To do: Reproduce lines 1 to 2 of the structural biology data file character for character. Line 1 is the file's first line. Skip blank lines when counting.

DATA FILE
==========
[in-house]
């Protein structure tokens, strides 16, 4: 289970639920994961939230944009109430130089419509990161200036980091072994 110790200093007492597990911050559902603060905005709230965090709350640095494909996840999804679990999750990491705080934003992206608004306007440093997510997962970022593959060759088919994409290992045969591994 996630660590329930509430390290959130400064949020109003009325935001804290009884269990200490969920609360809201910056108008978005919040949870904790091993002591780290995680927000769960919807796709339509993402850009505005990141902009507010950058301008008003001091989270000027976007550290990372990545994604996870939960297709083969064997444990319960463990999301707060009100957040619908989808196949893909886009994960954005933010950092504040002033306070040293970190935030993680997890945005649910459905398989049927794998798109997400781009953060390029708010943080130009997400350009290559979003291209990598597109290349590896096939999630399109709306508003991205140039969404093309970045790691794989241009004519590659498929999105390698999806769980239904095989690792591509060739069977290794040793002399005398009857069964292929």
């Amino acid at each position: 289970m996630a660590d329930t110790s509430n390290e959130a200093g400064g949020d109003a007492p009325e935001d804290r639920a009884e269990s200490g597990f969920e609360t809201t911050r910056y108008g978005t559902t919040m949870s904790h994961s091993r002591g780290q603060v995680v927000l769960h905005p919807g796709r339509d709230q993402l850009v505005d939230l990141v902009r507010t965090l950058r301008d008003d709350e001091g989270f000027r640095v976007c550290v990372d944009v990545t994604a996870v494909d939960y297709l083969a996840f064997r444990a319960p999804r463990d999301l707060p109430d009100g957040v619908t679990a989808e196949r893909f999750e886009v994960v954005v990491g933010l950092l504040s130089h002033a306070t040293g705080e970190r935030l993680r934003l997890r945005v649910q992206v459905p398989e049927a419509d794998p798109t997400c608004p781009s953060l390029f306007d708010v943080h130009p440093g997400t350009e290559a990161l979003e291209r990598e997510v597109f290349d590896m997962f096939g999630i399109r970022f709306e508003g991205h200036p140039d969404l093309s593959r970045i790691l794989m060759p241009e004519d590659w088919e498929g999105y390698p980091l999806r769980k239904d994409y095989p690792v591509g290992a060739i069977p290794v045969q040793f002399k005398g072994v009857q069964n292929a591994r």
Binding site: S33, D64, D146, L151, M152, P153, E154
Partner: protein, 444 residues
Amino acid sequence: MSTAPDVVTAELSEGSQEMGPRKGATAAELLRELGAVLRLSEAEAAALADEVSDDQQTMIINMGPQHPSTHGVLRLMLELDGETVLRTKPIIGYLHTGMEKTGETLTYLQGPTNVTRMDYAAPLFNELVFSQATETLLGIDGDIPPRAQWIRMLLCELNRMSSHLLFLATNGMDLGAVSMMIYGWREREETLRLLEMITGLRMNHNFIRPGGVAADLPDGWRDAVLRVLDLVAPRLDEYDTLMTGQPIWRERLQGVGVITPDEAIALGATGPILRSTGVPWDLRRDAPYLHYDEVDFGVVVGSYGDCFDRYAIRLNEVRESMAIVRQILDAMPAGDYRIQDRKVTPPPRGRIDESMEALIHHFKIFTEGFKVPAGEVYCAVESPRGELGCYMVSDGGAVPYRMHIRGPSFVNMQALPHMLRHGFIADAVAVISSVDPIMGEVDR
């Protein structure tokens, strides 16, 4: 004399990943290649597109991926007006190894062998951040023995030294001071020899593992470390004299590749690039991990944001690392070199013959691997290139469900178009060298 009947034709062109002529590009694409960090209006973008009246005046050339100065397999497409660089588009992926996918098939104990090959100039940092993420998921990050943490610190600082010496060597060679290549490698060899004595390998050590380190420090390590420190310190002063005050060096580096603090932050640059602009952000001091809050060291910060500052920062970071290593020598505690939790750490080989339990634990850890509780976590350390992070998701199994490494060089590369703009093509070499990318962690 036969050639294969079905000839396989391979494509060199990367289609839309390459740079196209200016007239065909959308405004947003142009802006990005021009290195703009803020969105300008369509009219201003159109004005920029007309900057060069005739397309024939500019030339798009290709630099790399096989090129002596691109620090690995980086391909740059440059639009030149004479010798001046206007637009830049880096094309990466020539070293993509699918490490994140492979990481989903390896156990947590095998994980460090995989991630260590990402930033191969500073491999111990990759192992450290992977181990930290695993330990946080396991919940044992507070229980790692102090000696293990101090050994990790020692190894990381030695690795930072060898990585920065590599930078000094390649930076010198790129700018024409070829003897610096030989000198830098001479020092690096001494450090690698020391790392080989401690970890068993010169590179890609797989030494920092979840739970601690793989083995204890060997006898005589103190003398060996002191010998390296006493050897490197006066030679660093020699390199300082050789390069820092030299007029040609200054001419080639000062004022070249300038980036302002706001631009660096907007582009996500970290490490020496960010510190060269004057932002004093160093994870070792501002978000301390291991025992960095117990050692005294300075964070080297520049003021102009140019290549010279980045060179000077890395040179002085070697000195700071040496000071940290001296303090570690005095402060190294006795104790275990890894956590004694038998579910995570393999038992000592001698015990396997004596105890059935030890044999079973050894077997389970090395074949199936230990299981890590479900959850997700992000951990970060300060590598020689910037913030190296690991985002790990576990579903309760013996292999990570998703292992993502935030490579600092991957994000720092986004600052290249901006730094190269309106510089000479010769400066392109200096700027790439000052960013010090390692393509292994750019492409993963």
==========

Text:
[in-house]
């Protein structure tokens, strides 16, 4: 289970639920994961939230944009109430130089419509990161200036980091072994 110790200093007492597990911050559902603060905005709230965090709350640095494909996840999804679990999750990491705080934003992206608004306007440093997510997962970022593959060759088919994409290992045969591994 996630660590329930509430390290959130400064949020109003009325935001804290009884269990200490969920609360809201910056108008978005919040949870904790091993002591780290995680927000769960919807796709339509993402850009505005990141902009507010950058301008008003001091989270000027976007550290990372990545994604996870939960297709083969064997444990319960463990999301707060009100957040619908989808196949893909886009994960954005933010950092504040002033306070040293970190935030993680997890945005649910459905398989049927794998798109997400781009953060390029708010943080130009997400350009290559979003291209990598597109290349590896096939999630399109709306508003991205140039969404093309970045790691794989241009004519590659498929999105390698999806769980239904095989690792591509060739069977290794040793002399005398009857069964292929």